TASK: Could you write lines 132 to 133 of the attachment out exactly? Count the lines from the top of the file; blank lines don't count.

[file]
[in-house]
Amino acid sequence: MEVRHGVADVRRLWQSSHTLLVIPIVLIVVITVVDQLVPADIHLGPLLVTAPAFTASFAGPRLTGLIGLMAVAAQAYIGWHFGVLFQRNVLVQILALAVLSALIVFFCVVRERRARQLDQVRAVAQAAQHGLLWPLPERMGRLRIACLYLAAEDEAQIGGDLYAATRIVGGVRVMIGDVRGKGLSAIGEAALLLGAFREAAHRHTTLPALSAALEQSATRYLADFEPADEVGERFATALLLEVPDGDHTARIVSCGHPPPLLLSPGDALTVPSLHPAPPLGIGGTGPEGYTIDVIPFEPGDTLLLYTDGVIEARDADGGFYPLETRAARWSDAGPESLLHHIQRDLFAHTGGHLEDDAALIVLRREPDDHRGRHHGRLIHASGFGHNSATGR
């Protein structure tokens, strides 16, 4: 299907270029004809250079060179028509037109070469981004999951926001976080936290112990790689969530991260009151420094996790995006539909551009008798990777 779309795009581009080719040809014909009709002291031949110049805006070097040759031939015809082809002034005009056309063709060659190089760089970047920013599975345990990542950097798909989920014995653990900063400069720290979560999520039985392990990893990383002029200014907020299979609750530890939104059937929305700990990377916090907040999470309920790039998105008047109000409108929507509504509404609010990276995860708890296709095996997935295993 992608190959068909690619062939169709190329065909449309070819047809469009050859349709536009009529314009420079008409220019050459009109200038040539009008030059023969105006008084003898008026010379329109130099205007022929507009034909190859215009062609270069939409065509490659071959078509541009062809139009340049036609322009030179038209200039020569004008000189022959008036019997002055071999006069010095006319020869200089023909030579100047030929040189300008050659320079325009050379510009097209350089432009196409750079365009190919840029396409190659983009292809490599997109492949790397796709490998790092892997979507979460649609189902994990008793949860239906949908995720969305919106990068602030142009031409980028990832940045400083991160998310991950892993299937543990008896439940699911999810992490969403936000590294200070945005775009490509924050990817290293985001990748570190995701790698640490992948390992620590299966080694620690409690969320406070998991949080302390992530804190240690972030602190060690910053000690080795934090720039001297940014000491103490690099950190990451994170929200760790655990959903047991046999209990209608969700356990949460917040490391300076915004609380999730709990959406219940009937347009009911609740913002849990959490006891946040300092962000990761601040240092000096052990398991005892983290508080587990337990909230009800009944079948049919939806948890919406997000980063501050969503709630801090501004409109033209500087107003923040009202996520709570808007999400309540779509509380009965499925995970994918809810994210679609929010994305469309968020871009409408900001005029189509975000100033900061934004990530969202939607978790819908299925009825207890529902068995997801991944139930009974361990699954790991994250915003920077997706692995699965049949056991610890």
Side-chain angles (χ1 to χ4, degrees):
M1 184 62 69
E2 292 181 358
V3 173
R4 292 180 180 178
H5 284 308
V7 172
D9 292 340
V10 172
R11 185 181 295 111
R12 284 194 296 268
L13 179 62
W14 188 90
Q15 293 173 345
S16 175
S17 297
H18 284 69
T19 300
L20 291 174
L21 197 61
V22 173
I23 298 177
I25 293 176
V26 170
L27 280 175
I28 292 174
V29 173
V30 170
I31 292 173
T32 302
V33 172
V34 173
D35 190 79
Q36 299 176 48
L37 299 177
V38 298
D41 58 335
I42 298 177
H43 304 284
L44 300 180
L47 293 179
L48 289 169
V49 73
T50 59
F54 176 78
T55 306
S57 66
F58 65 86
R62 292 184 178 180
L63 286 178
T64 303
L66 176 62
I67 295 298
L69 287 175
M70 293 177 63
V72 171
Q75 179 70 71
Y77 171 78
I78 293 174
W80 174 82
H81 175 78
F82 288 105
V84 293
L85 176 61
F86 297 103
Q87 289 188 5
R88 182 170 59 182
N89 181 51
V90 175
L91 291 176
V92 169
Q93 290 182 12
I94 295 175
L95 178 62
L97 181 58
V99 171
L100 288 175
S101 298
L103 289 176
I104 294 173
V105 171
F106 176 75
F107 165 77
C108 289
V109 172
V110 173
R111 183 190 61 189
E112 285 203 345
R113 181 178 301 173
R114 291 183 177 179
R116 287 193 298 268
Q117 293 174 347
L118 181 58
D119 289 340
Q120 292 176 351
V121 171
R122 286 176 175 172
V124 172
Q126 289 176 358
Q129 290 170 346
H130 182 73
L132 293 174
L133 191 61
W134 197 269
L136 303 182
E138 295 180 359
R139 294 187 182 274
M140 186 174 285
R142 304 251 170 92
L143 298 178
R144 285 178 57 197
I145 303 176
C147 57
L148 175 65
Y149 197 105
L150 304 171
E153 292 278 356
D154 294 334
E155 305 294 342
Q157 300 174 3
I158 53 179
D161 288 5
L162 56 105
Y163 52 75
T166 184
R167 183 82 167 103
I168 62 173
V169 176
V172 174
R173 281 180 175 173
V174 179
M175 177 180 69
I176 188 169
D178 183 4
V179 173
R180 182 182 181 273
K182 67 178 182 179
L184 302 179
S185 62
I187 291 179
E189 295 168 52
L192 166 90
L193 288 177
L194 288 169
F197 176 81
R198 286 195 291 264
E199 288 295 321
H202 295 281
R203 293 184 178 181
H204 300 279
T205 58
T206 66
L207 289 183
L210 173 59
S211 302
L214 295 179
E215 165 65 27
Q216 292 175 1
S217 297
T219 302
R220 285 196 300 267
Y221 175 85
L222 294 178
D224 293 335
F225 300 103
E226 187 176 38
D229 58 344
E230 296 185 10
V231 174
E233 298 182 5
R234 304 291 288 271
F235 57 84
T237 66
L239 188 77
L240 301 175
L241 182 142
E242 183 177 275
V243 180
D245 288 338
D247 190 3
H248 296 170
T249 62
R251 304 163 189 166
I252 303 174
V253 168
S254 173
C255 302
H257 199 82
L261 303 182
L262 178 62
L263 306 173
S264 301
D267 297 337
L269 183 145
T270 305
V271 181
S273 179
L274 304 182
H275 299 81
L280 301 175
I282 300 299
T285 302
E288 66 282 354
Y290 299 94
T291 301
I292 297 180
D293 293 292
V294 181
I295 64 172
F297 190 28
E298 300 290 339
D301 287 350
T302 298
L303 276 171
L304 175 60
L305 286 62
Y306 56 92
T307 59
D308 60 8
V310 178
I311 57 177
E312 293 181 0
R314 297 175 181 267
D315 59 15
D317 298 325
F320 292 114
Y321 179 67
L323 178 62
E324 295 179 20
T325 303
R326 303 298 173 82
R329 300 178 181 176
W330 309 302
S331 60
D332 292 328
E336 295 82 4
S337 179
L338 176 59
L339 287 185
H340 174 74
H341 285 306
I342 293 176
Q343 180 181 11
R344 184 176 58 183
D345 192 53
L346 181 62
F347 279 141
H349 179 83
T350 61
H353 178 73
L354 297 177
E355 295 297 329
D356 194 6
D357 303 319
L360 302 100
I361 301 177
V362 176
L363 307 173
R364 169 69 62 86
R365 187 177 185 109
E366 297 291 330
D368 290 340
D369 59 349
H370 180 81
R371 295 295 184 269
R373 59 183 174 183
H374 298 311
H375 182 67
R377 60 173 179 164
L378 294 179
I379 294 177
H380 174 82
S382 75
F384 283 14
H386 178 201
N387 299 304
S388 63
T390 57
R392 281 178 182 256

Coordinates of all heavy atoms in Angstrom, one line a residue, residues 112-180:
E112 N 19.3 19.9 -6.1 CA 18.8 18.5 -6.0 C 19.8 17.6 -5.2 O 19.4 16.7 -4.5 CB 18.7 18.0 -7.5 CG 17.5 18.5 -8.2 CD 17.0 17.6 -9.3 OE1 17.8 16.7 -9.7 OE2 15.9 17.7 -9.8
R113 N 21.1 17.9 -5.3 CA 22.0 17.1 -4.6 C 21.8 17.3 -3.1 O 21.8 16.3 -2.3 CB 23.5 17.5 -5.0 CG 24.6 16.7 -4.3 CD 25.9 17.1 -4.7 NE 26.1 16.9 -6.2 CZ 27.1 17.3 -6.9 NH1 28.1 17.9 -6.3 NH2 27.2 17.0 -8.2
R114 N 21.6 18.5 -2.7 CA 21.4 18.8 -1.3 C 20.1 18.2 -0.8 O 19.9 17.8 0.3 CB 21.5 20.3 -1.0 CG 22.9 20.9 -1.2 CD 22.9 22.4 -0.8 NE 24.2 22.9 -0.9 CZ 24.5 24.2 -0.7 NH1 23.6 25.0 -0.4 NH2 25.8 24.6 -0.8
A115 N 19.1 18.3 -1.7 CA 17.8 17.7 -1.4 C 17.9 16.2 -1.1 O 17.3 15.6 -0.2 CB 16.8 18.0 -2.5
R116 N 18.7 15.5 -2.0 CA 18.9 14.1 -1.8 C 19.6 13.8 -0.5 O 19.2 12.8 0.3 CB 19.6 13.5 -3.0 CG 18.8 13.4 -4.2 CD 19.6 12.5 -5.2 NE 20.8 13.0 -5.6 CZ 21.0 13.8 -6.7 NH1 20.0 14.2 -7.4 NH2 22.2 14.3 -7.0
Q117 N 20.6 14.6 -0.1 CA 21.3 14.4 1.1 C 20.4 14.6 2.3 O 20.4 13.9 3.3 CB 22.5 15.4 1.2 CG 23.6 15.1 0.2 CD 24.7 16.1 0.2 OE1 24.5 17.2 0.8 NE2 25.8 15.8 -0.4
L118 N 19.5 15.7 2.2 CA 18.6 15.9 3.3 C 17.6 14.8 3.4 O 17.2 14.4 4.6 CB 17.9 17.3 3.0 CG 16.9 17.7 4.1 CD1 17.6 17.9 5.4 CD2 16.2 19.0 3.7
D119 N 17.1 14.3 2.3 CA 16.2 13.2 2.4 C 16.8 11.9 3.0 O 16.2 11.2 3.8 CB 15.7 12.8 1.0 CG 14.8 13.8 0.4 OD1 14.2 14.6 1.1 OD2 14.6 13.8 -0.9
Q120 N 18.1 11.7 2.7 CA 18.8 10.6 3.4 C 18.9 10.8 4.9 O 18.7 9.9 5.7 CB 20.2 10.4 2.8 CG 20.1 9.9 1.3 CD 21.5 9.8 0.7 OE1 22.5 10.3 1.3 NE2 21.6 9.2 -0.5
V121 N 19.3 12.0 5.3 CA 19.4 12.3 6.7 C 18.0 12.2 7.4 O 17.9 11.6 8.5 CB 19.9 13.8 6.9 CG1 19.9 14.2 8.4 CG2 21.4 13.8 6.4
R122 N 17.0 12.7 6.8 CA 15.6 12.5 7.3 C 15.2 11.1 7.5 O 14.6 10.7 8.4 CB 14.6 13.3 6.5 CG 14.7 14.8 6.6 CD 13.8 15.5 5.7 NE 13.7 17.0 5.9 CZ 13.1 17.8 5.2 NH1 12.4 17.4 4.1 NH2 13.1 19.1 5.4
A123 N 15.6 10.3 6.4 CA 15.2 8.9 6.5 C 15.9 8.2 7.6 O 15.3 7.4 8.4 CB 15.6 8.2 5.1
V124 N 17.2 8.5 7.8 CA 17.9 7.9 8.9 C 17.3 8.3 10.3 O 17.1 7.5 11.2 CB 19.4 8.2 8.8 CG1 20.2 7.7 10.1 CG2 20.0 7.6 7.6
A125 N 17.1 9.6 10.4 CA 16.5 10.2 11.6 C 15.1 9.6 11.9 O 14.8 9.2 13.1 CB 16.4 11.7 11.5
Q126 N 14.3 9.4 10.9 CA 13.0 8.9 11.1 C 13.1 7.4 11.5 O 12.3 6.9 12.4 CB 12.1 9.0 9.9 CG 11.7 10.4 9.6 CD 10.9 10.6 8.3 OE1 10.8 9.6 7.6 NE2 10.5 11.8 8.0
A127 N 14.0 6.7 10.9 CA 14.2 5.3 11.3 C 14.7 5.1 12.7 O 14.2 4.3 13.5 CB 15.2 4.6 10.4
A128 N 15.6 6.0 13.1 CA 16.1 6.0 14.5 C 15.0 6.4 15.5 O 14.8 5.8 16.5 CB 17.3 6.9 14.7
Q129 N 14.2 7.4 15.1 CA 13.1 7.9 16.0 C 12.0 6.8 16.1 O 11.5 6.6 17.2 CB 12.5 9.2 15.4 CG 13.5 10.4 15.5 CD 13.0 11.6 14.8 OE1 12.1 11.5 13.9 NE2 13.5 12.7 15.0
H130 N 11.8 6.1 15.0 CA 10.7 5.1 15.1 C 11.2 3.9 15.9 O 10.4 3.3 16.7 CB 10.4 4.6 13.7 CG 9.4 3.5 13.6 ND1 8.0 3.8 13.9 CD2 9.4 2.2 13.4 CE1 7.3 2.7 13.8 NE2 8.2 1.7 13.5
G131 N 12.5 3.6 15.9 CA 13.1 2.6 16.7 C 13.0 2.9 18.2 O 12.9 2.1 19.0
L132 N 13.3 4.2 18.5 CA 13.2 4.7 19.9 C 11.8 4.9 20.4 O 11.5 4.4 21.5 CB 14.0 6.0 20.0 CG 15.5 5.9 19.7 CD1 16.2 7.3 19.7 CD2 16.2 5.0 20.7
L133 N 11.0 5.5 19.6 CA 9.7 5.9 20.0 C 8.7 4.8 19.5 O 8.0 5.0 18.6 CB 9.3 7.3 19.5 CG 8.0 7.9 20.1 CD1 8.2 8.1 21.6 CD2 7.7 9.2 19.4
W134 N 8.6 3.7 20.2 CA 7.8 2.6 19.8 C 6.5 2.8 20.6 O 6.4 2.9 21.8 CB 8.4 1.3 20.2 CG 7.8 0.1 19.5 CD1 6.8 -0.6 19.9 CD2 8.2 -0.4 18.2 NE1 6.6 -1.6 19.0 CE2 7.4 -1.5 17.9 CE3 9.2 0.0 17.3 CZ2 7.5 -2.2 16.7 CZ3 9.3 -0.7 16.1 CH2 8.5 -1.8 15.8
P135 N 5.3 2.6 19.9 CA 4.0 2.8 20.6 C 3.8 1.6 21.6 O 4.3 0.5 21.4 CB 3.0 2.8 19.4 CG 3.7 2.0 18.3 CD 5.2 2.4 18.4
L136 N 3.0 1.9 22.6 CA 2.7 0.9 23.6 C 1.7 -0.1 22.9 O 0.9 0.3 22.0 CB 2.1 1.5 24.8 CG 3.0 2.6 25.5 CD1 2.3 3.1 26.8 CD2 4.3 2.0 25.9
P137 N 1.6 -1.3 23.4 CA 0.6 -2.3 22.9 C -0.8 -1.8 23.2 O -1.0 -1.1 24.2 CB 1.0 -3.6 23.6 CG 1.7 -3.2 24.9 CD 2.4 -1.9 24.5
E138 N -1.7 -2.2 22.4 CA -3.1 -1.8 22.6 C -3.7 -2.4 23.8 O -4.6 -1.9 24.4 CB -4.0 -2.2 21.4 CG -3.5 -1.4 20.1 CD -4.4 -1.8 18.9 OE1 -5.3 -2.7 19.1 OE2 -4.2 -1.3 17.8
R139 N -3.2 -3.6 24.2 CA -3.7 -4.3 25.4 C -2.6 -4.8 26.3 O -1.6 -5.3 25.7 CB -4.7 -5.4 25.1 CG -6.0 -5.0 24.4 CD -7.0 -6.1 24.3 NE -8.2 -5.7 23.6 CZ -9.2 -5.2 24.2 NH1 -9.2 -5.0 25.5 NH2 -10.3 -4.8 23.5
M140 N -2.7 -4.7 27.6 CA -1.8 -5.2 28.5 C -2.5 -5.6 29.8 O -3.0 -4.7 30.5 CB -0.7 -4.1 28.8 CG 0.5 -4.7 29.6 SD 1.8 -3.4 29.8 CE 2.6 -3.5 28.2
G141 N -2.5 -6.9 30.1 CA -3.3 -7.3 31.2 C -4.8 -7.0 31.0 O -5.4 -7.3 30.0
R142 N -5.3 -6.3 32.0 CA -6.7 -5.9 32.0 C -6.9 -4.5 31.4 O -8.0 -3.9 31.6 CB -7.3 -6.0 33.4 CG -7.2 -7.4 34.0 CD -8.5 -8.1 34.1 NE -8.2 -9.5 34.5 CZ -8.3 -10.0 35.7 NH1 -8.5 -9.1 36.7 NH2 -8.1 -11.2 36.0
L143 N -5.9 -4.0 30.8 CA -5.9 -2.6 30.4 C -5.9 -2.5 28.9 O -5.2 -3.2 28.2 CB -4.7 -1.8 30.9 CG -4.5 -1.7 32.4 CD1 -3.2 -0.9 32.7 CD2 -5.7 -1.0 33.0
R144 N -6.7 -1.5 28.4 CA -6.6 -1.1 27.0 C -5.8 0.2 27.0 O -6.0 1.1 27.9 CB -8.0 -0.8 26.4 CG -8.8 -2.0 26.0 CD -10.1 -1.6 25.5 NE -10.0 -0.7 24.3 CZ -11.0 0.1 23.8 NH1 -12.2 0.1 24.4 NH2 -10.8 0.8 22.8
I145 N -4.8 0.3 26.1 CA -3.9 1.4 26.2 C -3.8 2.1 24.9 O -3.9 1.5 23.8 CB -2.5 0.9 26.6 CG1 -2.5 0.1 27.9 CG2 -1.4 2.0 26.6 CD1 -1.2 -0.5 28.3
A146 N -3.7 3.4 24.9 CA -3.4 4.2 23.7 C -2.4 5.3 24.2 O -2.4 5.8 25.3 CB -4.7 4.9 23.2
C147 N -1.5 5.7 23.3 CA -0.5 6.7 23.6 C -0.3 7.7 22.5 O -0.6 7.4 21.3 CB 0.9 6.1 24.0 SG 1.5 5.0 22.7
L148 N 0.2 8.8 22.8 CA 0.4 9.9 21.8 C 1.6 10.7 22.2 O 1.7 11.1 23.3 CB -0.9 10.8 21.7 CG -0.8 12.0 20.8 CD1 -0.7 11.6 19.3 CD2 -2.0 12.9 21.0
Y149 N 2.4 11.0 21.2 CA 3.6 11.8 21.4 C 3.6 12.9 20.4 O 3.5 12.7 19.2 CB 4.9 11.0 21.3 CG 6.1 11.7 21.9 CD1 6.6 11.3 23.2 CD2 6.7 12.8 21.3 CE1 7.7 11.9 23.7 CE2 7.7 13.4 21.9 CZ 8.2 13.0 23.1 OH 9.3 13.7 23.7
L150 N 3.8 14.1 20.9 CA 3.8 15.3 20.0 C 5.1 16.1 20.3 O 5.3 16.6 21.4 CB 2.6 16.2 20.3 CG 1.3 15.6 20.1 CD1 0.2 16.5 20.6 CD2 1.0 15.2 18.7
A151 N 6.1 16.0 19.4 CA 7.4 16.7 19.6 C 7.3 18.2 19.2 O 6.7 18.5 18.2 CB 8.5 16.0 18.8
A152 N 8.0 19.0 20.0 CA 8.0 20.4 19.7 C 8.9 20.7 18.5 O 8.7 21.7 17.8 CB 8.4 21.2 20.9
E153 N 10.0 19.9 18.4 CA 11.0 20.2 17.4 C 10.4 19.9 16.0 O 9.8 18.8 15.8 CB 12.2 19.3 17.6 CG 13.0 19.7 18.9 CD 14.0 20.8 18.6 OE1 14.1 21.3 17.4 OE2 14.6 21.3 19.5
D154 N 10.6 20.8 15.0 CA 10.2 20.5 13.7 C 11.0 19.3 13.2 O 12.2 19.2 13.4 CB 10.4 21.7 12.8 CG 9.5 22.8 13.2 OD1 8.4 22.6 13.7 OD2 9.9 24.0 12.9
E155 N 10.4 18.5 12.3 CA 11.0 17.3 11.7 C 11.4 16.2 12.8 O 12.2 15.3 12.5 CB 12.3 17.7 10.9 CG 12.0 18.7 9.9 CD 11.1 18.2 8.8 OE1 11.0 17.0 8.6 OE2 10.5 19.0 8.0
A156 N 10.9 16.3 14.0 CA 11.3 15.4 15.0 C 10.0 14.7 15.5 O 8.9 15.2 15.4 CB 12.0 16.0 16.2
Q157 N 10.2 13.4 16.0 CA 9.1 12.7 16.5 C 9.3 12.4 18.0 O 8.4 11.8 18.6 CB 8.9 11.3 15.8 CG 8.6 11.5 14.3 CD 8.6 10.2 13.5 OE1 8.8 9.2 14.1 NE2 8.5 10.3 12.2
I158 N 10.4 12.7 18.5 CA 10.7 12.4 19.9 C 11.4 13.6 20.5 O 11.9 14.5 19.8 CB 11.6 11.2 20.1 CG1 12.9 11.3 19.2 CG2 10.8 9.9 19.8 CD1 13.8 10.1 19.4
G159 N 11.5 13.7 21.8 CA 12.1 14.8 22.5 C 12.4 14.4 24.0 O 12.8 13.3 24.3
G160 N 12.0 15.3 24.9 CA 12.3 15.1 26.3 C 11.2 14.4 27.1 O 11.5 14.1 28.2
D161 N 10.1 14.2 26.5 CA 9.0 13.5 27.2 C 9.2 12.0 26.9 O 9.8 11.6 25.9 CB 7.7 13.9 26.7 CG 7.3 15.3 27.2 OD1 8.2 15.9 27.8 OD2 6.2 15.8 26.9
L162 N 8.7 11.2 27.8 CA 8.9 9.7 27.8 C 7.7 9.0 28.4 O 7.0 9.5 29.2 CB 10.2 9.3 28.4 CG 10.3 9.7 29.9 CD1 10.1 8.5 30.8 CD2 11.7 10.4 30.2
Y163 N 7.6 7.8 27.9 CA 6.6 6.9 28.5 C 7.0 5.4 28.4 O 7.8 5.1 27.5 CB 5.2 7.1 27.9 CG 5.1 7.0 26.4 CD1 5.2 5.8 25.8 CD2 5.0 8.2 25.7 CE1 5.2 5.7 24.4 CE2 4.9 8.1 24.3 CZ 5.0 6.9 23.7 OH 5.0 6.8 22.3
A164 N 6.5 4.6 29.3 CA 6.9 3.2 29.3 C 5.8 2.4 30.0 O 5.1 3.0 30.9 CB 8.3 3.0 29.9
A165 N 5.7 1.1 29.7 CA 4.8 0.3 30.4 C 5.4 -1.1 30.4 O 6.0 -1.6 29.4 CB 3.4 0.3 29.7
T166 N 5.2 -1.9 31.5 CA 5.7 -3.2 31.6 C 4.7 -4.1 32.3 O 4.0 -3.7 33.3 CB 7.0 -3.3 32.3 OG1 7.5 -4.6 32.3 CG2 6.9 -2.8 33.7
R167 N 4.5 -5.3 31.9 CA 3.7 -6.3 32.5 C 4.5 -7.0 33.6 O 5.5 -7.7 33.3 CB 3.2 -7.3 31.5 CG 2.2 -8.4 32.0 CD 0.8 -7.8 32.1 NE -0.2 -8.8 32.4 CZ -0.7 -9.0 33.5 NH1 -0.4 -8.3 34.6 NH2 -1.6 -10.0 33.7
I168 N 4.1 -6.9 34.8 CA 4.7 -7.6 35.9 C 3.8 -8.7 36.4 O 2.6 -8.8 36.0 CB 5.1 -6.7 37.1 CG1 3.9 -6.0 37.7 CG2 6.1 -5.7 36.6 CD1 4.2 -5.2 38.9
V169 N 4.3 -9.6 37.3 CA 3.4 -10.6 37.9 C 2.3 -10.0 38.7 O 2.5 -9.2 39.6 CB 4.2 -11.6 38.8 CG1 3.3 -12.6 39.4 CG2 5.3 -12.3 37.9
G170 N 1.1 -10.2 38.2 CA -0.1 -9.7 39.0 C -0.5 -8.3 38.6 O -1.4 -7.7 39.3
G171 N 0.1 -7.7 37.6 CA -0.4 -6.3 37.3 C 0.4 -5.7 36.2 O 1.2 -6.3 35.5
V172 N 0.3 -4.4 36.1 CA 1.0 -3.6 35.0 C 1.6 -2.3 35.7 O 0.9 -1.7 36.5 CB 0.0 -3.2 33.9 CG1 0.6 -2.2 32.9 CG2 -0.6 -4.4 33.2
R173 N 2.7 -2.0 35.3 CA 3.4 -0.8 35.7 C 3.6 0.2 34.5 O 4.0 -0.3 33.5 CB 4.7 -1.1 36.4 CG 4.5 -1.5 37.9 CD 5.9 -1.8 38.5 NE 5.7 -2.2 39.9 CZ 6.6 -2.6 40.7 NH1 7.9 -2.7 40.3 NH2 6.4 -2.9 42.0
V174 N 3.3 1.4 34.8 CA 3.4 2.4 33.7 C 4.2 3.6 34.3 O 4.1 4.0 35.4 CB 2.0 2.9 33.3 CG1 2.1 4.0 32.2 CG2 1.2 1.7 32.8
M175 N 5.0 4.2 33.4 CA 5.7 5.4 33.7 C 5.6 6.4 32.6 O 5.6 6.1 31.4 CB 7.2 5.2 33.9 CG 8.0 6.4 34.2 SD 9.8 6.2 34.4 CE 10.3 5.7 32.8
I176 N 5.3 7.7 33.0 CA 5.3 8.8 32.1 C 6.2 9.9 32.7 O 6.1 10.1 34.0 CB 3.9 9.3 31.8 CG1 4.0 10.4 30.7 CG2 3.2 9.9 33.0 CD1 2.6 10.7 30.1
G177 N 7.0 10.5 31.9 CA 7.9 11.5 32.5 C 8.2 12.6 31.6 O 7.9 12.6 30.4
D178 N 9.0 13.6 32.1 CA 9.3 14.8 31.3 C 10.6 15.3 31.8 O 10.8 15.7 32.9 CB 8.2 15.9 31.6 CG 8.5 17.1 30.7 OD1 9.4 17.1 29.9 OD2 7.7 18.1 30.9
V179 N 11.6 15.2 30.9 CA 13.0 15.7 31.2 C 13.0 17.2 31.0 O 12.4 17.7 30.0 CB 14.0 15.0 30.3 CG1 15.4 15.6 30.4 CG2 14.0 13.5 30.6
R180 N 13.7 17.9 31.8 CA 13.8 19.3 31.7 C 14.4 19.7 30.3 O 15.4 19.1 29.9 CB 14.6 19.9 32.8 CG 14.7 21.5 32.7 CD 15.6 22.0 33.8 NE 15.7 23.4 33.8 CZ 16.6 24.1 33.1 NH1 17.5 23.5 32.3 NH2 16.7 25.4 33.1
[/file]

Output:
V172 174
R173 281 180 175 173